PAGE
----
Of Red Light Cameras
All around town, as new traffic lights are installed at major and not-so-major intersections, infrastructure is being put in place for cameras which will snap a picture of the license plate of a car that runs a red light. The devices are causing a great hue and cry to rise up from the roadway, which is in some cases justified, but mostly, not so much.
I have a very simple suggestion for avoiding getting a ticket from a red-light camera. It will work every time.
Don’t run the light.
This seems to be great sport here more than any place I’ve lived, or maybe I just notice it more. Particularly on a protected turn at times of heavy traffic. The light will turn green for my lane of traffic ostensibly meaning that I can proceed through the intersection, but for three … four … five … sometimes as many as six cars that will continue to use the turn lane after the light has turned red. And you know, because of the way lights are timed, that the arrow turned red 3-4 seconds before giving the green light to the opposing lanes, because traffic planners know people are going to run the light.
They’ve tried to make it safer, and yet, either we have one of the highest concentrations of colorblind drivers in the nation, or people just don’t care.
I know how frustrating it is to have sat in a long line of traffic only to be the first car in line to wait for another green arrow. But in reality, it’s only two minutes at the most. 120 seconds. By running the light, at least in that instance, what you’re saying to the people who have to wait for you is “my time is more valuable then yours.” Perhaps true, but not likely.
But far more dangerous is the driver who, when he or she sees the light turn yellow, hits the accelerator rather than the brake. We’ve all done this. It’s very tempting to try to judge whether you can make it through on the yellow rather than stop for the red. But seriously, I’ve seen drivers accelerate to 50-60 miles an hour on Atlantic and Beach Boulevards and blast through a light that has long-since turned red. And maybe I feel so strongly about it because I came within a second or two of being killed by just such a driver on 3rd street at the beach.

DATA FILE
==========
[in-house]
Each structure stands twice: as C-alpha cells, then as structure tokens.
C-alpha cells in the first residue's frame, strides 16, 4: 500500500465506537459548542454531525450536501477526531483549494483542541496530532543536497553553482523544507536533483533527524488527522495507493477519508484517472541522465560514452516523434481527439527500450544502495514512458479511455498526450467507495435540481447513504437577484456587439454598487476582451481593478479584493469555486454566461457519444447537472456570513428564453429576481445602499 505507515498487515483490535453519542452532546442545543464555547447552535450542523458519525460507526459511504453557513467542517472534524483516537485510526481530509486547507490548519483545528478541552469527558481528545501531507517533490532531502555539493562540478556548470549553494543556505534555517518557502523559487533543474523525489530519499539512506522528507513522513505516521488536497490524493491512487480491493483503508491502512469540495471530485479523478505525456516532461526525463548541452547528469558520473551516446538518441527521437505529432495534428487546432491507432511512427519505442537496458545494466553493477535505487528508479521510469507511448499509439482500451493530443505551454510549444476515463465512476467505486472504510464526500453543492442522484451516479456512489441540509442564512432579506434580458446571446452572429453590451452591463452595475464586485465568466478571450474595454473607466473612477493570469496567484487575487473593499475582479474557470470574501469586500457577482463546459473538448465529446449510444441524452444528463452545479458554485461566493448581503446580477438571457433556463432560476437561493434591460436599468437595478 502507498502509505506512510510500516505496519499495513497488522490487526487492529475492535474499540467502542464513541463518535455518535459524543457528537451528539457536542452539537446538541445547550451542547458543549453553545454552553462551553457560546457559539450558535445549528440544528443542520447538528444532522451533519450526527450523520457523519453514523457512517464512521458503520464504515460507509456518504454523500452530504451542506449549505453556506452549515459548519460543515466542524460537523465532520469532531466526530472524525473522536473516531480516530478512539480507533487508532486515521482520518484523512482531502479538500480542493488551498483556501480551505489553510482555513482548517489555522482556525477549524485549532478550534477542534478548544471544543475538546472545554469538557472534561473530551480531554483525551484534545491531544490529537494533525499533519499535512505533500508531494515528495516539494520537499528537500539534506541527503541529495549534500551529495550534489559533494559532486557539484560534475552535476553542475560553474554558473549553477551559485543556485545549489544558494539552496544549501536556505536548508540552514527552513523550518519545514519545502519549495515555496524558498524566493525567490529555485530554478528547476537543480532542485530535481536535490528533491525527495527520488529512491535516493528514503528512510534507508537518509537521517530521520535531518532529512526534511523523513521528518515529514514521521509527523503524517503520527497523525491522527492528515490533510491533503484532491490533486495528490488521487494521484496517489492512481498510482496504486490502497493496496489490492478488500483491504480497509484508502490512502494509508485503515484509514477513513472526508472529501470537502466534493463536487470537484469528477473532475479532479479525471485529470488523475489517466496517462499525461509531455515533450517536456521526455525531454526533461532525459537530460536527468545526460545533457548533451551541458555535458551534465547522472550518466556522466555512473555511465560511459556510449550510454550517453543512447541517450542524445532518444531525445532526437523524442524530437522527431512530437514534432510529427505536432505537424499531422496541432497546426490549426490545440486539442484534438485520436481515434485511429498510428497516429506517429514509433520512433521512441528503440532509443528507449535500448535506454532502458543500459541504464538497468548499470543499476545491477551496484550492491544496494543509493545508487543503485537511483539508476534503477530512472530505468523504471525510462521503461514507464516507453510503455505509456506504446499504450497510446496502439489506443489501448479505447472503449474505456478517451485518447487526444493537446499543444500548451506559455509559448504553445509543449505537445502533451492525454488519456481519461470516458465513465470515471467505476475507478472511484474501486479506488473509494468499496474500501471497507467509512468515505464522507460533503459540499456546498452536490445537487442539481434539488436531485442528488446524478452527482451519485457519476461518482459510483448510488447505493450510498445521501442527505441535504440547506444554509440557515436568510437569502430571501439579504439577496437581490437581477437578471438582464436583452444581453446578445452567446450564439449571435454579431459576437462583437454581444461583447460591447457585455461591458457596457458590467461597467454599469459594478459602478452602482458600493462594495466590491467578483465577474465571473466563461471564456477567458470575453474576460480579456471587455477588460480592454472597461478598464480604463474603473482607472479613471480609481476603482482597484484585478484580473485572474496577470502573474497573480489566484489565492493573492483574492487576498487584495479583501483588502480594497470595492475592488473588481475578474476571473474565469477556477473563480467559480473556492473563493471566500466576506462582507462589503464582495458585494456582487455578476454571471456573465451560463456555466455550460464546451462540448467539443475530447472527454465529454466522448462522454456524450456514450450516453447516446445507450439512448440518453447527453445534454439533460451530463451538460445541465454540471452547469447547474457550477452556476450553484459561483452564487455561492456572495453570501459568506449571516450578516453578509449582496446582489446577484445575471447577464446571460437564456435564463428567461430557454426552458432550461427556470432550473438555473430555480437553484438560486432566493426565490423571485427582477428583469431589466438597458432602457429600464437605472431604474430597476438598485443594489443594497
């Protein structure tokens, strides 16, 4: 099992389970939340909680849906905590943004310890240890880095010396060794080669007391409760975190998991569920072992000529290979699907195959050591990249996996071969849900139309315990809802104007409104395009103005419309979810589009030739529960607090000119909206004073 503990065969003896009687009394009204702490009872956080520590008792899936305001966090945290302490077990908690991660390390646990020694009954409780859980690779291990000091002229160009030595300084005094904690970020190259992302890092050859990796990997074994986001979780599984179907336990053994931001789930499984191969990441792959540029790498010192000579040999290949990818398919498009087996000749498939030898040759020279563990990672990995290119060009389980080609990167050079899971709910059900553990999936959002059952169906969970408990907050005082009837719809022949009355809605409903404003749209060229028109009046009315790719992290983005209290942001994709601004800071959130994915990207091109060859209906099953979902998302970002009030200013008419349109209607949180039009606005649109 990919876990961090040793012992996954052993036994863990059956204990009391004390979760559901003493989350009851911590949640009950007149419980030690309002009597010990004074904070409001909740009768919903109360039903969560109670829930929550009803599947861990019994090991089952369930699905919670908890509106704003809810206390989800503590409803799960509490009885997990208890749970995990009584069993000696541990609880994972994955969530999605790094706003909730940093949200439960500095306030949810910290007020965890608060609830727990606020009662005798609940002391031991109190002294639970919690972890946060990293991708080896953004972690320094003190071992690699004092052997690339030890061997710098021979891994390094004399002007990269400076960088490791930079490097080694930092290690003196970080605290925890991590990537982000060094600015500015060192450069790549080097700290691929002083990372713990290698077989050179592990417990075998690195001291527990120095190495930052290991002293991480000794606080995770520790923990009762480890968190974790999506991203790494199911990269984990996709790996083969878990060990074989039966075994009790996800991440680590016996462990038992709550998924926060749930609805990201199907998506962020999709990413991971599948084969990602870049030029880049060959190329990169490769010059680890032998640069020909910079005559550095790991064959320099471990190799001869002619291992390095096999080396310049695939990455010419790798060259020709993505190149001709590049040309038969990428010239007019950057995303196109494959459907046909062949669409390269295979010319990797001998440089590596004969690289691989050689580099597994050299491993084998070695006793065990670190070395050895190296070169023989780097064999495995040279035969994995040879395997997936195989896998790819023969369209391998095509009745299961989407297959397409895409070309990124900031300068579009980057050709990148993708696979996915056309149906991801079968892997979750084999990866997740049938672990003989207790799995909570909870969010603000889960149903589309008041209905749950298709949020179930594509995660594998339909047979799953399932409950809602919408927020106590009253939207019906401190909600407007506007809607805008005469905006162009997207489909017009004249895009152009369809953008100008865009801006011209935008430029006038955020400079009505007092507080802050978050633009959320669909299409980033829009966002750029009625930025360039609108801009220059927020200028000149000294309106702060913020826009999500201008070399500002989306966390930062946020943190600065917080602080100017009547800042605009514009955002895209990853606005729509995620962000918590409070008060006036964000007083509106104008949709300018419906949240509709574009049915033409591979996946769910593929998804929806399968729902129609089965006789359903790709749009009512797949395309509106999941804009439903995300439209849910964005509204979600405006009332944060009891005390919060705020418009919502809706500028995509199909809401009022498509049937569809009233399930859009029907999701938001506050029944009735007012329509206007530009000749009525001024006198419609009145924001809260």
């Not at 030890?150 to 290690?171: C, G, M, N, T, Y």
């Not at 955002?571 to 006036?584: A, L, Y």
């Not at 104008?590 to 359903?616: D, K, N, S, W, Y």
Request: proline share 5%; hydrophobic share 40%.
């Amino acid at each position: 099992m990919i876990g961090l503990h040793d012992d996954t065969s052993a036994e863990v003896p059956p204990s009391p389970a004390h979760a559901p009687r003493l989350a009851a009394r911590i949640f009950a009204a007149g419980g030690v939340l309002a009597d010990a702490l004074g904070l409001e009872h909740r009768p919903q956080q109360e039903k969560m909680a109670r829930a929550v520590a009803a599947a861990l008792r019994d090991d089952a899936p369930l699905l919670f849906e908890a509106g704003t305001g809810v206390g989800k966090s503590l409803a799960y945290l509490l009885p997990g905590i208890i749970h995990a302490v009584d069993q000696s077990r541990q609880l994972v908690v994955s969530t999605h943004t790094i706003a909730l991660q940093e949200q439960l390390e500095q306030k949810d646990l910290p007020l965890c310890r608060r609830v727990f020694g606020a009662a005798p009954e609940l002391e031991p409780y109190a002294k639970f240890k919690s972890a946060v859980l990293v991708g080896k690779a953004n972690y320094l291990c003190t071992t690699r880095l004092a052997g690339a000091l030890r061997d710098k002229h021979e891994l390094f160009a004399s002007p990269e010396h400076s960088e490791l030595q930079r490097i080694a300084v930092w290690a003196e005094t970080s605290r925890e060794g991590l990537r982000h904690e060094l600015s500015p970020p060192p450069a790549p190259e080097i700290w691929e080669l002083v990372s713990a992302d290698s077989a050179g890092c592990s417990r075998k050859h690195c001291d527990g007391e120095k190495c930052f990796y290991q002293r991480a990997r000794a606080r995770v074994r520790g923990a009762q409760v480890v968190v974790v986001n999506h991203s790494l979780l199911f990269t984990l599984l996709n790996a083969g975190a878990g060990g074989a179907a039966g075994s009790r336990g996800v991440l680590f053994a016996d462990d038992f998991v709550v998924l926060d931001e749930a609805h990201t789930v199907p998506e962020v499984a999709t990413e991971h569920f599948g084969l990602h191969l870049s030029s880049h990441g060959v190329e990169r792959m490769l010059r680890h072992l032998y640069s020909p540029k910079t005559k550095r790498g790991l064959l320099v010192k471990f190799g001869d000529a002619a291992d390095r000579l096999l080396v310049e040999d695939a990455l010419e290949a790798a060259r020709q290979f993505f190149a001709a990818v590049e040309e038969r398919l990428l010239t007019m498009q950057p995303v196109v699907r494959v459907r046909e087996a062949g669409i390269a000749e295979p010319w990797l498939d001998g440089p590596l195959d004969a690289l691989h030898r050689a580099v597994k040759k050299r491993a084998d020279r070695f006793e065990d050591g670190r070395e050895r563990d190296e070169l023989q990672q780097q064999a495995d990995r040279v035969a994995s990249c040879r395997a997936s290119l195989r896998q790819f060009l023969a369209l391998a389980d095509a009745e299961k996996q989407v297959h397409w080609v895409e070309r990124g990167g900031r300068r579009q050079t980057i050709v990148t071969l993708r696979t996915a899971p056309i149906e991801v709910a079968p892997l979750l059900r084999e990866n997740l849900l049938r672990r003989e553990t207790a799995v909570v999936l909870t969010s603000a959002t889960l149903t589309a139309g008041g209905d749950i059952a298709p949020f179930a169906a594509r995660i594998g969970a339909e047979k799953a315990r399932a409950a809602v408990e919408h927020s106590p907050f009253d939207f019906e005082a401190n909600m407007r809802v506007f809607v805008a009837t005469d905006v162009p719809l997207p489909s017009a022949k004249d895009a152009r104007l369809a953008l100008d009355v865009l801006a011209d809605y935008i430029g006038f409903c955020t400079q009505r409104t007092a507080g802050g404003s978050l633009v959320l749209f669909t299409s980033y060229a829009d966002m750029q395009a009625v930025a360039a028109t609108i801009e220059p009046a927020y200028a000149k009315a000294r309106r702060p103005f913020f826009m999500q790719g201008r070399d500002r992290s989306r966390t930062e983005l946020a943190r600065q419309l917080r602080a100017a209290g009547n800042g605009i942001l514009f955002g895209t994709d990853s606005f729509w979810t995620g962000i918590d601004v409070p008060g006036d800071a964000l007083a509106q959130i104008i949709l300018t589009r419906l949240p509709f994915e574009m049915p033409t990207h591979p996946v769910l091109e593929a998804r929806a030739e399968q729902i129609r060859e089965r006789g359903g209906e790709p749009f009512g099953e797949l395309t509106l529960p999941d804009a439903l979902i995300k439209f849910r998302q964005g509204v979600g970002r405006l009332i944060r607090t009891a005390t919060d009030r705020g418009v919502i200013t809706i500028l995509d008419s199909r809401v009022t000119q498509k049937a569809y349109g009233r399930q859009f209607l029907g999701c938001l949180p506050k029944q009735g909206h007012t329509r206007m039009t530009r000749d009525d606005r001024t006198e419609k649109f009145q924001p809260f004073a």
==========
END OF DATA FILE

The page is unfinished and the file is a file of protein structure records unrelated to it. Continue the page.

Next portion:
I was waiting to cross 3rd at Florida on my bicycle going towards the beach. We get around a lot on bicycles at the beach, so drivers should be aware of them. There was a pickup truck beside me to my left. Our light turned green to cross 3rd street, and both the truck and I started into the intersection. The only thing that saved me was that I saw the truck stop short. A large, black SUV blasted through the light doing about 50 traveling south on 3rd street. And yes, I’d looked, but the SUV was so far back when the light turned green for me it didn’t even occur to me that it wouldn’t be stopping. With no policeman in the area, the driver of the SUV continued blithely along 3rd street either not knowing or caring that he had come within a breath of potentially killing two people. Had the driver t-boned the truck, it would have been pushed into me. If I hadn’t stopped when I saw the truck stop, I’d have borne the full brunt of the 4,000 pound SUV. My plastic helmet wasn’t going to be of much use in such an instance.
So yes, I have mixed feelings about red light cameras. I agree that there are potential issues concerning who was driving a vehicle when the violation was committed, and there’s that whole “innocent until proven guilty” thing as well. I also understand that a red-light camera is something of a robo-cop, and does not allow you to face your accuser in a court of law should you decide to challenge the ticket. It’s impersonal. But (and I know I’m pretty much whistling in the wind here), if you don’t want to get a ticket for running a red light, don’t run the light. To those who say it’s just a scheme to add revenue to the city coffers … beat them at their own game and … don’t run the light. Meanwhile, be careful to whom you loan your car.
Other drivers, cyclists, and pedestrians will thank you.